"Parenthood" TV show Answered
ok so last night while flipping around on the TV i happened to pass by the TV show "Parenthood" on American TV (it's a pretty crappy show). unfortunately i happened upon a scene where two parents of a young child where discussing whether or not their child had aspergers. someone at school had apparently suggested they get their child tested for one reason or another, the mother was "receptive" but the father basically "flipped out" and denied that it was even a remote possibility (his tone suggested that someone had told them the equivalent of telling them that their child could possibly be the next antichrist or "gay hitler"). i didn't watch the whole show but i watched a few minutes of their discourse and flipped away. when i came back to it, the two parents were now at the home of a family that has an aspergers child. these parents were basically giving a rundown of what a horror story it is to have an aspergers child (with the TV sugar coating to make it seem like they were "coping" with it). the mother had pulled out some organizer that had all of these color coded cards with things like schedules, therapist numbers, behaviorists, and schedules for when the couple could have sex since dealing with their child was such a burdon that they couldn't possibly be intimate in any other way. all the while their child was bouncing off the walls moving from one random thing to the next, eventually plugging in his electric guitar and jamming out at a volume that drowned out the conversation in the other room. they painted a picture of complete chaos.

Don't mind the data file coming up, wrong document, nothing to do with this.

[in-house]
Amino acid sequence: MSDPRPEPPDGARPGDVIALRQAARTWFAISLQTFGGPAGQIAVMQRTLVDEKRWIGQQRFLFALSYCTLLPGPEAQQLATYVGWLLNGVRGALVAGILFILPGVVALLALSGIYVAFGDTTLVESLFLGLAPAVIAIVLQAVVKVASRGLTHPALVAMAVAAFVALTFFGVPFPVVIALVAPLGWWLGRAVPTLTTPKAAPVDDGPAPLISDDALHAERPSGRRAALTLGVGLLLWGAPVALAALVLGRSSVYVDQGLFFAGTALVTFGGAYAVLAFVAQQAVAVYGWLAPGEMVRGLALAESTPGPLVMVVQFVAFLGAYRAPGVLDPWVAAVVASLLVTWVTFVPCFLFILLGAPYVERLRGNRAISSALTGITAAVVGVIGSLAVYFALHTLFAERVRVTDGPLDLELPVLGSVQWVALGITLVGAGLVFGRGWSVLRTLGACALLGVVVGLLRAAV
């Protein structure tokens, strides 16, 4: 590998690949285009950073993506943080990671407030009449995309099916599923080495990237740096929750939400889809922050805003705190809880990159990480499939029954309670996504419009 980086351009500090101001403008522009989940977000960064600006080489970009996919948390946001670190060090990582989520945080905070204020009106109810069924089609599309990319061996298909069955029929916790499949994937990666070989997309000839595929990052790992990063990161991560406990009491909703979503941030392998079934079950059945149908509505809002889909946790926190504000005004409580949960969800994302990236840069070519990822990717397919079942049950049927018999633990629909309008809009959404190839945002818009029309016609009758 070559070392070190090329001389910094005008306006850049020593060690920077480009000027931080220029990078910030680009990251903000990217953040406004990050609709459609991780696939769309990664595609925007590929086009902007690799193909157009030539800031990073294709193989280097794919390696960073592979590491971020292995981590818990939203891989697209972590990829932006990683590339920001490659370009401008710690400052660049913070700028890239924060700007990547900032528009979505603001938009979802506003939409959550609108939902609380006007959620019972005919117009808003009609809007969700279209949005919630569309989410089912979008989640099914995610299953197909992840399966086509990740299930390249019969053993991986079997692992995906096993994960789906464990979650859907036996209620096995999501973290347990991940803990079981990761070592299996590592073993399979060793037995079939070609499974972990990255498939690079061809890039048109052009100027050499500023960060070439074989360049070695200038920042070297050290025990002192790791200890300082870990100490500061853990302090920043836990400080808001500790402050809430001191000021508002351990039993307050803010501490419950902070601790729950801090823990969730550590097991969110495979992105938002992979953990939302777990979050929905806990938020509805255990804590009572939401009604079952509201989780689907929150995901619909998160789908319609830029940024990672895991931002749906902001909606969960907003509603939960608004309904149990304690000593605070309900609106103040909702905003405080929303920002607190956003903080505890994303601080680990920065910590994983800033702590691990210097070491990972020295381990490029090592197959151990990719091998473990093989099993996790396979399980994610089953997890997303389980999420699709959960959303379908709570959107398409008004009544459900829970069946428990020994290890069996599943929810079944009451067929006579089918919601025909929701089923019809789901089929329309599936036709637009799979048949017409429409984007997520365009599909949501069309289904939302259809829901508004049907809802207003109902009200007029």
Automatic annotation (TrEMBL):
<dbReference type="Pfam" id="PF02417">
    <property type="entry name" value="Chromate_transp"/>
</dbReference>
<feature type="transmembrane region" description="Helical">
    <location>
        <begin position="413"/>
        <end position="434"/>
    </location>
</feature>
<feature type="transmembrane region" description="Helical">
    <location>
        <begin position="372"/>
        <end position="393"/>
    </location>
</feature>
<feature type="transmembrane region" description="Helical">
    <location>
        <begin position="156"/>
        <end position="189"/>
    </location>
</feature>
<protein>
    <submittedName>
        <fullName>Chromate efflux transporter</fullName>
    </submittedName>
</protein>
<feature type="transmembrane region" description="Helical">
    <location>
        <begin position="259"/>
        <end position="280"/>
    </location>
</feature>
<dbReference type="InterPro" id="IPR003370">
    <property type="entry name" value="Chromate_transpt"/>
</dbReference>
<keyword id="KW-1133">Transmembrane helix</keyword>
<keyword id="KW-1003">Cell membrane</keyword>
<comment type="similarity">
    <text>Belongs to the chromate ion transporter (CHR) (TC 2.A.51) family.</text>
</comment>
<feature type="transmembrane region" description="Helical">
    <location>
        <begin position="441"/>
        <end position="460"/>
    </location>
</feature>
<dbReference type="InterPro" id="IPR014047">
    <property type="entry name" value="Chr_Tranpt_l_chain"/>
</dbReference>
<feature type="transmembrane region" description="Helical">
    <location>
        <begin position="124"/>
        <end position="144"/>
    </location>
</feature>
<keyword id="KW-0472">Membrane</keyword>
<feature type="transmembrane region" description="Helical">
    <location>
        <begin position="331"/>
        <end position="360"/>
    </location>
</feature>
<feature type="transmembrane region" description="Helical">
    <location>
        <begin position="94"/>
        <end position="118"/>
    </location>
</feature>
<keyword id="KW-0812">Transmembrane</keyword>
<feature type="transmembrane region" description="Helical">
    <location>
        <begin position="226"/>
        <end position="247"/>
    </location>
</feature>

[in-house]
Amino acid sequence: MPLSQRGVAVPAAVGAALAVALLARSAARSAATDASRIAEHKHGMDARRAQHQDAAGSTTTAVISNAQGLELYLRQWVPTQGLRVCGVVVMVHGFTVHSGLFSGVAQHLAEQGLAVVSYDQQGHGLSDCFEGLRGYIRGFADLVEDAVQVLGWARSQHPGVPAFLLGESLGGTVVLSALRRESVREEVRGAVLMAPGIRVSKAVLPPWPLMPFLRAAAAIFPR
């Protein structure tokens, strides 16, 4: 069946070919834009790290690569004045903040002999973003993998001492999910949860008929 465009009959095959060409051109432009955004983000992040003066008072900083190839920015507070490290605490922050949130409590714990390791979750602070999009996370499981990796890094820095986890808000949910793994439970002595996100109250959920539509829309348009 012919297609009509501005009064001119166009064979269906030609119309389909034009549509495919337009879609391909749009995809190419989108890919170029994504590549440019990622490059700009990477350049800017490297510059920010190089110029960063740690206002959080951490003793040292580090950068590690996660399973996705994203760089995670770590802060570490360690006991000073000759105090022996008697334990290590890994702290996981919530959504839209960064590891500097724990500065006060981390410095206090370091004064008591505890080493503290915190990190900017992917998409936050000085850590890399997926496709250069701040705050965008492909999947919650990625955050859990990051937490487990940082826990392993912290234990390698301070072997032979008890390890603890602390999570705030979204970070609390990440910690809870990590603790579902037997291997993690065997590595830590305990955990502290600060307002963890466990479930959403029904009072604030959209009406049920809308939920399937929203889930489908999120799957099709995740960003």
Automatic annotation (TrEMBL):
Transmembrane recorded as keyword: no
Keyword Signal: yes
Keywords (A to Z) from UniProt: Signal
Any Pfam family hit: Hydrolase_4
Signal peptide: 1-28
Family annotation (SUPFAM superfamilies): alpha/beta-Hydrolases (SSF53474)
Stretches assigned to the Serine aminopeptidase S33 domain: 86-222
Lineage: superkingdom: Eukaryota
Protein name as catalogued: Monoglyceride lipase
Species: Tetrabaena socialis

so basically, i know that having a child on the spectrum is a difficult job (depending on the level). but is this the "awareness" that's going to help the community? it made it look like having a child with aspergers was quite possibly the worst thing that could happen to you. i know the show is supposed to be a comedy (it's not funny at all) but i found it a bit annoying. i mean, if you think back to when people with down's syndrome started being portrayed on TV (thinking of corkie here) they were portrayed in a pretty good light for the most part. the struggles of having a "challenged" child were shown, but they were shown in a way that would give families going through the same situations hope. that their child could be like this, that their child could have friends, and that they themselves could have a wonderful, enjoyable life with their "special child". the first time i see a sitcom mention aspergers in any way, and they make it seem like a total living nightmare. what's the deal?
hmm for some reason i couldn't get this posted in the aspies forum area....who the heck knows anymore (this forum software is screwy)